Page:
Weather forecasters are predicting that the strong El Nino conditions of spring 2015 will continue over summer and into autumn 2016. El Nino 2015-2016 could rank among the 4 strongest El Nino events recorded. Find out what farmers, growers and the rural community can do to be prepared.
Every El Nino is different and its impacts on New Zealand’s climate cannot be easily predicted. During El Nino, New Zealand generally experiences stronger or more frequent winds from the south-west in spring, and from the west in summer. This typically leads to:
El Nino will increase the chances of more frequent and extreme adverse weather events so farmers growers and the rural community need to think about how they will prepare.
El Nino is the extreme end of a natural cycle known as the El Nino Southern Oscillation, during which major changes in atmospheric and oceanic circulation result in a sustained period of warming in the central and eastern tropical Pacific.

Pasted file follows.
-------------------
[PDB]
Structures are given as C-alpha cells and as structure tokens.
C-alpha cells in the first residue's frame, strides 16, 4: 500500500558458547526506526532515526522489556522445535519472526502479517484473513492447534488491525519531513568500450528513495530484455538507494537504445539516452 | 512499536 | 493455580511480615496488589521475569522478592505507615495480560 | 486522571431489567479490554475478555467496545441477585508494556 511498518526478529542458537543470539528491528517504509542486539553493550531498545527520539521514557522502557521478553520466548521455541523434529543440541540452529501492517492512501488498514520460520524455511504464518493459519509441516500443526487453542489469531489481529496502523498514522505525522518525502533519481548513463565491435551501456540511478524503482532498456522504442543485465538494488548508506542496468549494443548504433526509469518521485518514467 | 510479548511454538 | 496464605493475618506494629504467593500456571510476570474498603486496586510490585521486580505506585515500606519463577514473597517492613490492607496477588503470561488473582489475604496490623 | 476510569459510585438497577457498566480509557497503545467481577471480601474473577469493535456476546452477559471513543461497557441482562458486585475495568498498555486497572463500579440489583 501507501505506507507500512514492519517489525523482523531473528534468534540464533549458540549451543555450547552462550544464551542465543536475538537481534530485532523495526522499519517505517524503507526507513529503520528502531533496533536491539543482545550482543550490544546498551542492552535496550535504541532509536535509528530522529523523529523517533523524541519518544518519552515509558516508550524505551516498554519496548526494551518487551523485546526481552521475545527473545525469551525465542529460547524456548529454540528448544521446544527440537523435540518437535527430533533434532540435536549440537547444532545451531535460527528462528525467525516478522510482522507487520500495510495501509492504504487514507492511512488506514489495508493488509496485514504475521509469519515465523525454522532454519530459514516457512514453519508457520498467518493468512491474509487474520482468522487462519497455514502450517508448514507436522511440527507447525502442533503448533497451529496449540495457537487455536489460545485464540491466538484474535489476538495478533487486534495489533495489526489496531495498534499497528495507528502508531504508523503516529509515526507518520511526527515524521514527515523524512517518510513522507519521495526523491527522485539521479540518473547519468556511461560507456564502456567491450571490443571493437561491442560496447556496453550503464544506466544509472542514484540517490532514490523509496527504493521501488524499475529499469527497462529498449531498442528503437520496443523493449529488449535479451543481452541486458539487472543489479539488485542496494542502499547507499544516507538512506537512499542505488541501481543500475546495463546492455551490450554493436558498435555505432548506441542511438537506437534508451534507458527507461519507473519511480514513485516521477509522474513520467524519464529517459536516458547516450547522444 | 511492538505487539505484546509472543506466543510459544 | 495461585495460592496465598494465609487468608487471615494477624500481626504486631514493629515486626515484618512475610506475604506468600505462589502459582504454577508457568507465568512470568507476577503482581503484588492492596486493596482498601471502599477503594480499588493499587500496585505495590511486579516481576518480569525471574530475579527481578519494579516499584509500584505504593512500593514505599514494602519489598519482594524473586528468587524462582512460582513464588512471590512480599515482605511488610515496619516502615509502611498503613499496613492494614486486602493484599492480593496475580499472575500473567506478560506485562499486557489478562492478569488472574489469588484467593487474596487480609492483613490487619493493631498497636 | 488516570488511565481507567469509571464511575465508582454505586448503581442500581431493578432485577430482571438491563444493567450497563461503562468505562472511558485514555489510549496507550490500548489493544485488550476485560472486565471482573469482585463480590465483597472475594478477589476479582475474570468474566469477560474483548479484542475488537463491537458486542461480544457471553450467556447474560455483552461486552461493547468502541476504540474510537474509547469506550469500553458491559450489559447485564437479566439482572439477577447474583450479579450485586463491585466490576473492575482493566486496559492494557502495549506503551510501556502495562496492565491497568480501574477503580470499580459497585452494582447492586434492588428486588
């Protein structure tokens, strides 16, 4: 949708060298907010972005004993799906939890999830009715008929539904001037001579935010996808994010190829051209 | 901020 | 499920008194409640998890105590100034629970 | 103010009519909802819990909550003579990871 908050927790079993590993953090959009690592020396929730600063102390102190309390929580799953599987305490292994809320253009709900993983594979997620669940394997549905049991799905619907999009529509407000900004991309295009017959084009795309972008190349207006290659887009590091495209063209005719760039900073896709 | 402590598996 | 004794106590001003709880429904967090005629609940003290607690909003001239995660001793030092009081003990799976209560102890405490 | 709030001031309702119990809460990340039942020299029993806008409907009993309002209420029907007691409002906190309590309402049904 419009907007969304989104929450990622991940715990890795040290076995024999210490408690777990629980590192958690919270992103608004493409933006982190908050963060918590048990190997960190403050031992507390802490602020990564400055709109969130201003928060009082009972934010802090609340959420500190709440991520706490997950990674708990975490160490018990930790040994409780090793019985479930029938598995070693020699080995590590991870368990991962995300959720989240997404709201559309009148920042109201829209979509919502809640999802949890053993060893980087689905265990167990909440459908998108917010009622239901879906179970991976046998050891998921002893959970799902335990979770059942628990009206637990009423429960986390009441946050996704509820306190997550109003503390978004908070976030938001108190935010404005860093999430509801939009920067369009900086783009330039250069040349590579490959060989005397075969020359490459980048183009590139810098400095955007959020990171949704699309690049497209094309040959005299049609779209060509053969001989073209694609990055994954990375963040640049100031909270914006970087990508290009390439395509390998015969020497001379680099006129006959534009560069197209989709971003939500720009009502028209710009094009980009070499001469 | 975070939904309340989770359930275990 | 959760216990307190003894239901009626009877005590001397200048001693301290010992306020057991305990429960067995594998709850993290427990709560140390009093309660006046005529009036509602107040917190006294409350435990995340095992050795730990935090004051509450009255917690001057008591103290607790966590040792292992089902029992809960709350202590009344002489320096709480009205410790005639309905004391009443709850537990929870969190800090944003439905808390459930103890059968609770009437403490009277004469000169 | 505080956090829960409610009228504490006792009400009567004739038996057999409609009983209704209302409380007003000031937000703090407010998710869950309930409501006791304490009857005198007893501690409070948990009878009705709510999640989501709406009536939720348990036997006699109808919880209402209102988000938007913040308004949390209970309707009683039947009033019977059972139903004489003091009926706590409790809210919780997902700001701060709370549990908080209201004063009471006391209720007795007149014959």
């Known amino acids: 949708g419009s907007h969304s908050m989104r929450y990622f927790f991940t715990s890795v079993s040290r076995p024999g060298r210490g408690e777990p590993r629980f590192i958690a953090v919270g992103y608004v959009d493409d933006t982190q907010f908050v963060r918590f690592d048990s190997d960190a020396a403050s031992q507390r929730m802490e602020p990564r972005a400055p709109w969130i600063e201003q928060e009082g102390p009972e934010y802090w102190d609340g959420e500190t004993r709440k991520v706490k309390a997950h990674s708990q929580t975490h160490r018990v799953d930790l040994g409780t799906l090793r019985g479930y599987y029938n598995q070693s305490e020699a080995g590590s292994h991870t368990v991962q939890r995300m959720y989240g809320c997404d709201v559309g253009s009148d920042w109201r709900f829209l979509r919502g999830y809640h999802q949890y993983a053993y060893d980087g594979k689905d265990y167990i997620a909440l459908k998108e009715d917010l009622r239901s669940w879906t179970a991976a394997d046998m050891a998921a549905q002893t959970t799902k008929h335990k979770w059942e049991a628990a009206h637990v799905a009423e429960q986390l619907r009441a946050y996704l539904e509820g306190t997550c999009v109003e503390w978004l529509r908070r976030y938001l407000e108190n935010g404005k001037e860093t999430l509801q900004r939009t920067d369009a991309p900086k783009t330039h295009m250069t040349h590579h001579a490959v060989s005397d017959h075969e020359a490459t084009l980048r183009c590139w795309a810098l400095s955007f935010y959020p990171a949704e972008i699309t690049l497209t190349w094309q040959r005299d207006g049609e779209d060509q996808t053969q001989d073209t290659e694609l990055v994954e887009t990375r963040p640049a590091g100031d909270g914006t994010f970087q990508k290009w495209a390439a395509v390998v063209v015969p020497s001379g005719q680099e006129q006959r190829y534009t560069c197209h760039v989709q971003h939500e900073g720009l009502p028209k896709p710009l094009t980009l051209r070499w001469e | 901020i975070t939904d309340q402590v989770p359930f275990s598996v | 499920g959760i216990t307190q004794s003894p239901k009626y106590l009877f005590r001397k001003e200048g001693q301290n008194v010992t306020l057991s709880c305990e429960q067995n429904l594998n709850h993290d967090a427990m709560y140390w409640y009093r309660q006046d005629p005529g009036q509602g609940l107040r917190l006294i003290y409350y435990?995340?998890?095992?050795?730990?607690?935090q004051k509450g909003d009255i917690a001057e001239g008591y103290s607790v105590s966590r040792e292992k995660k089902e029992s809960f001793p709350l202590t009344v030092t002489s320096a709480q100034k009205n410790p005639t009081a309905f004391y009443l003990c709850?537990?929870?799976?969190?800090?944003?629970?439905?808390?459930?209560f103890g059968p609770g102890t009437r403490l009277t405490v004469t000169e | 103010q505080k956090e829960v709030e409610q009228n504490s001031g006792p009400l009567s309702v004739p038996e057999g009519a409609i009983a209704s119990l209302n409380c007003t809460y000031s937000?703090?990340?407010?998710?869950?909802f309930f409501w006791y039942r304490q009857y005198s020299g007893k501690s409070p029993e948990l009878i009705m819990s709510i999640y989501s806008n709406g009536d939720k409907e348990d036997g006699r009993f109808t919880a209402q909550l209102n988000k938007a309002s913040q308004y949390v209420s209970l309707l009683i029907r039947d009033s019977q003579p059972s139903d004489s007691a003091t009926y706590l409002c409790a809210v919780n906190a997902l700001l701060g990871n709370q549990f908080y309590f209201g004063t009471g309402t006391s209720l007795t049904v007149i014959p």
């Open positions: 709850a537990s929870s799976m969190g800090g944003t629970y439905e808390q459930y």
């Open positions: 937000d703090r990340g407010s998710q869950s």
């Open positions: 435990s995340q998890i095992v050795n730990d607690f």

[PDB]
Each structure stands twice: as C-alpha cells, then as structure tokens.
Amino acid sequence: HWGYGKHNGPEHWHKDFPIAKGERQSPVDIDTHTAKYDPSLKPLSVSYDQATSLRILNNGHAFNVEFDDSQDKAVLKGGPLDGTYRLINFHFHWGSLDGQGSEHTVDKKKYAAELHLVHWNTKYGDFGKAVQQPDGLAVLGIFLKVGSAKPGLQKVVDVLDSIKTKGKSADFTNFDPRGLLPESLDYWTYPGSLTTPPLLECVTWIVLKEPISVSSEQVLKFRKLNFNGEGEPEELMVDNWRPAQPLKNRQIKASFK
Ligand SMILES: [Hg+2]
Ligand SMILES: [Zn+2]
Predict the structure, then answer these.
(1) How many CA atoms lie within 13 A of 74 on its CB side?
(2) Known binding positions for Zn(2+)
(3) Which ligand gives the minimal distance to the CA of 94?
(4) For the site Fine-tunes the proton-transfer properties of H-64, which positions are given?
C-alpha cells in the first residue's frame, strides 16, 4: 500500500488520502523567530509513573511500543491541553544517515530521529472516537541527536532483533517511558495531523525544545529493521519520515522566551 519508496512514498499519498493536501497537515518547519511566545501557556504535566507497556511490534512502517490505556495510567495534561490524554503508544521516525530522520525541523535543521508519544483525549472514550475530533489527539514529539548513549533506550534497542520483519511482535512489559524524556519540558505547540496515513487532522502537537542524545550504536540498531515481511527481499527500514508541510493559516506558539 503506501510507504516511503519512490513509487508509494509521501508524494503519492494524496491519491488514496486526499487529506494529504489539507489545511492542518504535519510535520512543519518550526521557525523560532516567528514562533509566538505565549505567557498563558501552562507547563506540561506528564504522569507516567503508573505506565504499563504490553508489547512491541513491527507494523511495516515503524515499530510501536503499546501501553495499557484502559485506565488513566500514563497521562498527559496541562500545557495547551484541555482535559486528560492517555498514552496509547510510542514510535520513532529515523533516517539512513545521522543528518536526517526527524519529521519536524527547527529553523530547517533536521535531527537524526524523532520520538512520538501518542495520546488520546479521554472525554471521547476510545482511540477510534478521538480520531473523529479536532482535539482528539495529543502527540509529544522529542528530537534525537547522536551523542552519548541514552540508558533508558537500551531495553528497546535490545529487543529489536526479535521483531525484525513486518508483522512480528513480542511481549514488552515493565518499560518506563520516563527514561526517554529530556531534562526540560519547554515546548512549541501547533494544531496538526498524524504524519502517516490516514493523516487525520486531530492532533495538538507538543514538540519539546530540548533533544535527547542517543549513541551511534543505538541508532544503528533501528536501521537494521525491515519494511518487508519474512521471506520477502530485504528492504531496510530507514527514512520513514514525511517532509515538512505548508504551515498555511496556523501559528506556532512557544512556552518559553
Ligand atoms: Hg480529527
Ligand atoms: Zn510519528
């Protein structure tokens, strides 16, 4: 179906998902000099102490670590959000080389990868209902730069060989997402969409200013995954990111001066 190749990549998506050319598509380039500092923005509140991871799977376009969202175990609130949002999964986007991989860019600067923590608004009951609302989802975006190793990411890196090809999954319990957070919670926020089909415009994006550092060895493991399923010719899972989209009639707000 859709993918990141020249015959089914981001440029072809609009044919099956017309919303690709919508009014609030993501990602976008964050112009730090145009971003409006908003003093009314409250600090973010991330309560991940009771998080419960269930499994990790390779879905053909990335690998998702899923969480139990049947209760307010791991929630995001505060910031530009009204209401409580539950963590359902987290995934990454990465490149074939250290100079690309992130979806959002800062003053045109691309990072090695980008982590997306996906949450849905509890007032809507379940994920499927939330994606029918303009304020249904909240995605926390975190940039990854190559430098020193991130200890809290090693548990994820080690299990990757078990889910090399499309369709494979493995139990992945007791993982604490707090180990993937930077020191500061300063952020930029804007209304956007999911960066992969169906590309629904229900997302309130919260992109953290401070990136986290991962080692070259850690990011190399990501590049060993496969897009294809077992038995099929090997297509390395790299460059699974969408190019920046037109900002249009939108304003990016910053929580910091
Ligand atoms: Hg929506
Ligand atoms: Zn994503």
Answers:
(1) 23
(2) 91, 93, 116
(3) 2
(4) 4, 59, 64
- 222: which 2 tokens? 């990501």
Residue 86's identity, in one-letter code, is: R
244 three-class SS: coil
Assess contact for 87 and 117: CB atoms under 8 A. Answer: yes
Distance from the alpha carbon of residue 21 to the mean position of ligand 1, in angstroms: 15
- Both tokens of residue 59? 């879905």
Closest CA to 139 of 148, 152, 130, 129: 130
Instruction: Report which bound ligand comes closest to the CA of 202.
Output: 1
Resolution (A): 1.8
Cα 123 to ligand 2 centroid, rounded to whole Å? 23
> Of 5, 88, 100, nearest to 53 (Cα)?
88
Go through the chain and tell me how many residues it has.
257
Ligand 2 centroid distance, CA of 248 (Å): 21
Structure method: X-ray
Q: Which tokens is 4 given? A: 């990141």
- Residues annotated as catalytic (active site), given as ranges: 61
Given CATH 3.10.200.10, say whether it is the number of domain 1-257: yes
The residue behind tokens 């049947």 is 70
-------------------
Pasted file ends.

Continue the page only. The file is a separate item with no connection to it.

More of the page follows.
El Nino occurs every 3 to 7 years on average, during which easterly Pacific trade winds weaken for a prolonged period or even reverse direction, moving warm surface waters eastward along the equator and preventing cold, deep water from upwelling on the tropical west coast of South America. This leads to extensive warming of large regions of the ocean and influences weather patterns across the Pacific.
Typically, El Nino peaks during the late Southern Hemisphere spring or early summer, and weakens in the following year. In moderate to strong El Ninos, sea surface temperatures are typically 2degC to 3degC above normal at their peak. Sea temperature anomalies at about 100m depth below the surface can be even larger. In 2015, there are reports of sub-surface temperatures reaching 5degC above normal in parts of the eastern tropical Pacific, which suggests the El Nino development is relatively strong.
In El Nino years, New Zealand tends to experience stronger or more frequent winds from the west in summer, leading to drought in east coast areas and more rain in the west. In winter, the winds tend to be more from the south, bringing colder conditions to both the land and the surrounding ocean. In spring and autumn, southwesterlies tend to be stronger or more frequent, providing a mix of the summer and winter effects.